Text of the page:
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How Much Do Puppy Vaccines Cost?

The cost of puppy vaccines depends on your area and veterinarian. As a general rule, core vaccine vet visits can cost between $75-100. Depending on your clinic, each shot is about $15-20. You may want to contact your vet to find out what they charge per shot. The cost of vaccinations becomes less expensive as your dog moves into adulthood. 

Some animal shelters charge less for vaccinations or will even vaccinate your puppy for free. If you rescue a dog, they often come fully vaccinated. Contact your local shelter to see if they offer vaccination services for puppies. 

How Often Does My Dog Need a Booster?

After your dog's initial vaccination as a puppy, it will need to get a booster every 1-3 years, depending on the vaccine. Dog vaccines that generally require a booster shot include:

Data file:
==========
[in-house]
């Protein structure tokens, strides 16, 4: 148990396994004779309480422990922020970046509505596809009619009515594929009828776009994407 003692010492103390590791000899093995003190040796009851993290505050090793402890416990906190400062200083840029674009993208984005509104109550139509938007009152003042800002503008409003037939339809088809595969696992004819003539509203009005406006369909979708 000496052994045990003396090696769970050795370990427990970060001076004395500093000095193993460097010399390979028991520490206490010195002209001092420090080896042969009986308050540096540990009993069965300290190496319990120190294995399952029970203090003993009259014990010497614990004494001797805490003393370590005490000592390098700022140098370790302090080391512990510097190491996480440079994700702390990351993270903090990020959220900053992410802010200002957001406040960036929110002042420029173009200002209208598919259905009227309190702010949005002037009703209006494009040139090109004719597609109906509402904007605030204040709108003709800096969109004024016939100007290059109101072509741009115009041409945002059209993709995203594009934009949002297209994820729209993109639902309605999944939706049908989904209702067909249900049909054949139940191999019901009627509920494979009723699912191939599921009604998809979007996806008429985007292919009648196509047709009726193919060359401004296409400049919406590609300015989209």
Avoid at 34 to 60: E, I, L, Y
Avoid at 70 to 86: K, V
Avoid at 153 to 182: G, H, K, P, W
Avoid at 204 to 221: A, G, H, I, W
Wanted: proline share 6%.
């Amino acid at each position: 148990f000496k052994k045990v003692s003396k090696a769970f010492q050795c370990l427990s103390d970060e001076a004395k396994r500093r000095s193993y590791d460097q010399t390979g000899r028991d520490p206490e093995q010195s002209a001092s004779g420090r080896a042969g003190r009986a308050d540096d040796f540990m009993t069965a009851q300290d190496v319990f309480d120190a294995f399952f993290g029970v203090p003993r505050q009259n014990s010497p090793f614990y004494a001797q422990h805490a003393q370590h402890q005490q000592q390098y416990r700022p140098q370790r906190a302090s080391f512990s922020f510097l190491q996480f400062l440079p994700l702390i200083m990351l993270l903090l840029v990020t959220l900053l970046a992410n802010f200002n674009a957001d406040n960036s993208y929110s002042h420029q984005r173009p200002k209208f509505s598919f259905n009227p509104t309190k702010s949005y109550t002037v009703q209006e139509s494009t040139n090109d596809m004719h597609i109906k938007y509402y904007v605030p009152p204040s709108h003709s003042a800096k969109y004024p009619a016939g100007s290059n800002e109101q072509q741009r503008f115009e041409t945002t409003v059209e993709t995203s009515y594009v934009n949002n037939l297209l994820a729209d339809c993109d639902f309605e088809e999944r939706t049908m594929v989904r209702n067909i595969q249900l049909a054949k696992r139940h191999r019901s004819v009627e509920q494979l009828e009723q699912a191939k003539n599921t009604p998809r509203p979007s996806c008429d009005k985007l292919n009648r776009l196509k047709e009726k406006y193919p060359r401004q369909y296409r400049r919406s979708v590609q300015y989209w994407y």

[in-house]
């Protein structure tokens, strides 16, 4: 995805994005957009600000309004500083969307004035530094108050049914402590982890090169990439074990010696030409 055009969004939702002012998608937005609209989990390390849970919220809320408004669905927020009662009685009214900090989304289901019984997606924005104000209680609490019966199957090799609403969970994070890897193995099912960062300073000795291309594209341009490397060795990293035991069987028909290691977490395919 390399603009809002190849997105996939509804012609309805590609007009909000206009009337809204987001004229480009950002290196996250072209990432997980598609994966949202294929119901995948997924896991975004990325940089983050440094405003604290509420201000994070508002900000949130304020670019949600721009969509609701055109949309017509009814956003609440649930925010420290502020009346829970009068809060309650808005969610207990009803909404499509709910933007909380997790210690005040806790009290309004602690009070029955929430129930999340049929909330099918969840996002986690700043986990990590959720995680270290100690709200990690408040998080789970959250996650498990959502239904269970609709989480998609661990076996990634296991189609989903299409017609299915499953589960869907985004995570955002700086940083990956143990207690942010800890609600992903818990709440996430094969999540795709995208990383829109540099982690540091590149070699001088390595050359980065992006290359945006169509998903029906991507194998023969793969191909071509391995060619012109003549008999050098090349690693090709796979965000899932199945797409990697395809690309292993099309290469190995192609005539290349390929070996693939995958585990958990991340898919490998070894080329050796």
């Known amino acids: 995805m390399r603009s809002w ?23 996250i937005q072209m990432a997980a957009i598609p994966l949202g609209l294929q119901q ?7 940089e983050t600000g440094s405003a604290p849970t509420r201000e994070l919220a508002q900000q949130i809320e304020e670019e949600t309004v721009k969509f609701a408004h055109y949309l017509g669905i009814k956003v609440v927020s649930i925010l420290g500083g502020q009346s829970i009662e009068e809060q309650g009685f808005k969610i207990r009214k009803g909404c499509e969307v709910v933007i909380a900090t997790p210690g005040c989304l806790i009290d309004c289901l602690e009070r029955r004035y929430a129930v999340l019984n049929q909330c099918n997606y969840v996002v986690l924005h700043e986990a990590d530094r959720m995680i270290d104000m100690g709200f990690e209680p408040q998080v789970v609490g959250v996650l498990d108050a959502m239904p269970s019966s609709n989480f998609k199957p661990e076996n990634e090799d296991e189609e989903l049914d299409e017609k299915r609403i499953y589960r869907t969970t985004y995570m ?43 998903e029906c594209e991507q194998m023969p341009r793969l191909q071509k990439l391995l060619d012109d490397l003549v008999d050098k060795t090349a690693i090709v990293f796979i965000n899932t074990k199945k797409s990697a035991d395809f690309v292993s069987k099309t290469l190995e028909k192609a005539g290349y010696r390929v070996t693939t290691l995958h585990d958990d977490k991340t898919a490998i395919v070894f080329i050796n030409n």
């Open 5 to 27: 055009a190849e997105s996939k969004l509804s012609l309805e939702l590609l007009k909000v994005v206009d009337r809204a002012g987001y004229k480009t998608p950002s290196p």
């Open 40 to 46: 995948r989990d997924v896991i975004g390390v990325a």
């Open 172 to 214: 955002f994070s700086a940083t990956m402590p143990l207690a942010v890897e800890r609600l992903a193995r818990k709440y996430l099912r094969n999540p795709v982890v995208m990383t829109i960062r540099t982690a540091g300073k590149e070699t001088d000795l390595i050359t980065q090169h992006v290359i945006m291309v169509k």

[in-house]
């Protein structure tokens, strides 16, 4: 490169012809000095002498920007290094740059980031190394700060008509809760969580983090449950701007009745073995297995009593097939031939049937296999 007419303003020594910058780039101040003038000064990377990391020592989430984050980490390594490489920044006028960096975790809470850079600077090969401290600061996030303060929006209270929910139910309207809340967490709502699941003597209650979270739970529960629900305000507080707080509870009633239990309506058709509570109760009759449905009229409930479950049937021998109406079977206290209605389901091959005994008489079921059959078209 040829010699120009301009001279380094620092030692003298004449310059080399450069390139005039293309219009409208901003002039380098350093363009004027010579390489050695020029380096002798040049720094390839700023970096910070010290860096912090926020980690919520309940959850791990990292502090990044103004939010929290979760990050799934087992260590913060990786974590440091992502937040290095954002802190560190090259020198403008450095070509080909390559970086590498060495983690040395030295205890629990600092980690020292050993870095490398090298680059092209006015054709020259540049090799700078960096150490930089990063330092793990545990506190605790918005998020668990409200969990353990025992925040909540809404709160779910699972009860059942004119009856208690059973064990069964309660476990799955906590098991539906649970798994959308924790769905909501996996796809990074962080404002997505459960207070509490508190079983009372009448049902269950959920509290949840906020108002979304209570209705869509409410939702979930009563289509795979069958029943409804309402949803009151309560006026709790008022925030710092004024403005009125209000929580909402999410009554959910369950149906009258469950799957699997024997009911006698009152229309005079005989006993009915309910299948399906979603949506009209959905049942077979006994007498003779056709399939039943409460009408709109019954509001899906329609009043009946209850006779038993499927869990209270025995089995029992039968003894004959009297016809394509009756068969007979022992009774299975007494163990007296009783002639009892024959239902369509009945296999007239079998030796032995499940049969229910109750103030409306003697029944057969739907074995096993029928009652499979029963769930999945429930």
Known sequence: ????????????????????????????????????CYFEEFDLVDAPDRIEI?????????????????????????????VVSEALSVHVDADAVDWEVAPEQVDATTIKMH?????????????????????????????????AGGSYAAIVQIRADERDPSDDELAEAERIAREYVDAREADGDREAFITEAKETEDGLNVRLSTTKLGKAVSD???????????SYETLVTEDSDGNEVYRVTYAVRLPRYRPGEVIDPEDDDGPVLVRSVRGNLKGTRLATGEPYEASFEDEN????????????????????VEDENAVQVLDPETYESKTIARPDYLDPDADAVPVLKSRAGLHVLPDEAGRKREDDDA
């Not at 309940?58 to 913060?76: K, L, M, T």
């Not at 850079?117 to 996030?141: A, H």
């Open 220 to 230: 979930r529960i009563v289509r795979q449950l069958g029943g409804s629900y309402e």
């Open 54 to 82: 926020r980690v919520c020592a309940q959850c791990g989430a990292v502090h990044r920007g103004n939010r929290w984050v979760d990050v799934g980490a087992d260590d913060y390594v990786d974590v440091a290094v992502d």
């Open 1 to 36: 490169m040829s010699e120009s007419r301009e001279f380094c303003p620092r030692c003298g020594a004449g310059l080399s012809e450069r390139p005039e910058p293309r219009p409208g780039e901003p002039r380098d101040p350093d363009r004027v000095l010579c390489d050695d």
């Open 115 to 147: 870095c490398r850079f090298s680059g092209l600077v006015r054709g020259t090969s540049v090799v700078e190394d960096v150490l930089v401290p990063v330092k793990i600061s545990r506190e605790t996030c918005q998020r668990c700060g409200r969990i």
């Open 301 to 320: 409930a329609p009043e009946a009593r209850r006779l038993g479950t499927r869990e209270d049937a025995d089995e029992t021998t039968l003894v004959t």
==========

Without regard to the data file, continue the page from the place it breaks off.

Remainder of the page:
• Rabies
  • Distemper
  • Parvovirus
  • Hepatitis
  • Parainfluenza
  • Lyme
  • Leptospirosis
  • Influenza

Before you give your dog a booster shot, you may want to get a titer test to determine your dog’s immunity levels. The results from the titer test will let you know what boosters your dog will need.

Tips & Recommendations from Dr. Dodd on Dog Vaccinations

  • An annual booster using distemper, hepatitis, parainfluenza, killed, or modified-live virus parvovirus is given at one year of age. Thereafter, boosters are given every three years until old age. Beyond 10 years of age, booster vaccinations are generally not needed and may be unwise if aging or other diseases are present. For animals at high exposure risk to parvovirus disease, an additional parvovirus vaccination can be given at the six-month point, if killed parvovirus is used. This extra booster is typically not needed if MLV parvovirus is used.
  • I use only killed 3-year rabies vaccine for adults and give it separated from other vaccines by at least two and preferably three to four weeks. A booster at one year of age is usually required, followed by every three years thereafter.